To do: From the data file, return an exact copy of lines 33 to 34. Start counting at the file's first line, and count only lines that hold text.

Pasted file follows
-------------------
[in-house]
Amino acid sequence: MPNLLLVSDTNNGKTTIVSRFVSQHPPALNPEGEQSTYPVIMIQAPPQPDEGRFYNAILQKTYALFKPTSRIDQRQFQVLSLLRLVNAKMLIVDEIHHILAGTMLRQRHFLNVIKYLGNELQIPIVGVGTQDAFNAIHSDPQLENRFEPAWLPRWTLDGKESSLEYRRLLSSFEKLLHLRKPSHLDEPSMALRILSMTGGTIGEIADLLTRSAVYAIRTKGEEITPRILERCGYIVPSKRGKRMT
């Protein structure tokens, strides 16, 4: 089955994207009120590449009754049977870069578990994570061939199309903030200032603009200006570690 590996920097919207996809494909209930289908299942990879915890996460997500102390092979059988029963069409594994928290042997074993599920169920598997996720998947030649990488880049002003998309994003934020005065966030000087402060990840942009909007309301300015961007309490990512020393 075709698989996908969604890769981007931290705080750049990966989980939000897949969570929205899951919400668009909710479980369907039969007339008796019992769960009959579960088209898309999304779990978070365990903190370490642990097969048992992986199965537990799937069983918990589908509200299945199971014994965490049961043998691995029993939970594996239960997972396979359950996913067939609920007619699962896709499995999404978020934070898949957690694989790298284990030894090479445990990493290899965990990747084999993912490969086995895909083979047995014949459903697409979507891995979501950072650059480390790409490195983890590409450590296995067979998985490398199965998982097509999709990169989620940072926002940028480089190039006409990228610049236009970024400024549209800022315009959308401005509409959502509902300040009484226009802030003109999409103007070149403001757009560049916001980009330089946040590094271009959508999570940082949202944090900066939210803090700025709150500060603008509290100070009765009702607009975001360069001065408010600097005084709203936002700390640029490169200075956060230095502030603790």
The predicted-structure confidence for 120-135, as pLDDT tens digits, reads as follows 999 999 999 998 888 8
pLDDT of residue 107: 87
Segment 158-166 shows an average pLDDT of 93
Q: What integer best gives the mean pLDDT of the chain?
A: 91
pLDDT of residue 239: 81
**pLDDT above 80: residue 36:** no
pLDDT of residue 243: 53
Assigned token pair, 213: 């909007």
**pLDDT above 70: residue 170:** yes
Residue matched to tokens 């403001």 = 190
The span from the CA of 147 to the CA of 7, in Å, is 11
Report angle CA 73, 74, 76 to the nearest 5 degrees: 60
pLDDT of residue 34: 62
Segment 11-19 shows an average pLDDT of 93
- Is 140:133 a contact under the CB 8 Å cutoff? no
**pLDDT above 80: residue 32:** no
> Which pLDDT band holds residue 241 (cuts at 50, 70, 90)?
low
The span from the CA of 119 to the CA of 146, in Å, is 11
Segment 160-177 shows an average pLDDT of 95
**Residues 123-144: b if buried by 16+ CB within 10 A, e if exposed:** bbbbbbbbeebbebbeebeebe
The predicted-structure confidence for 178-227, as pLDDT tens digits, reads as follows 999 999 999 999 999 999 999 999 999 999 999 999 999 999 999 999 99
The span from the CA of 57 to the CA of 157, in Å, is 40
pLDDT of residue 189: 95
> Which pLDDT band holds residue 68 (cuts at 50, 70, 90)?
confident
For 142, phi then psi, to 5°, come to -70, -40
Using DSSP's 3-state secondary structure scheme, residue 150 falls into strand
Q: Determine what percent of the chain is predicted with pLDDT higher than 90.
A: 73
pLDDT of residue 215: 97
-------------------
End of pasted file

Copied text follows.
Q: Determine what percent of the chain is predicted with pLDDT higher than 90.
A: 73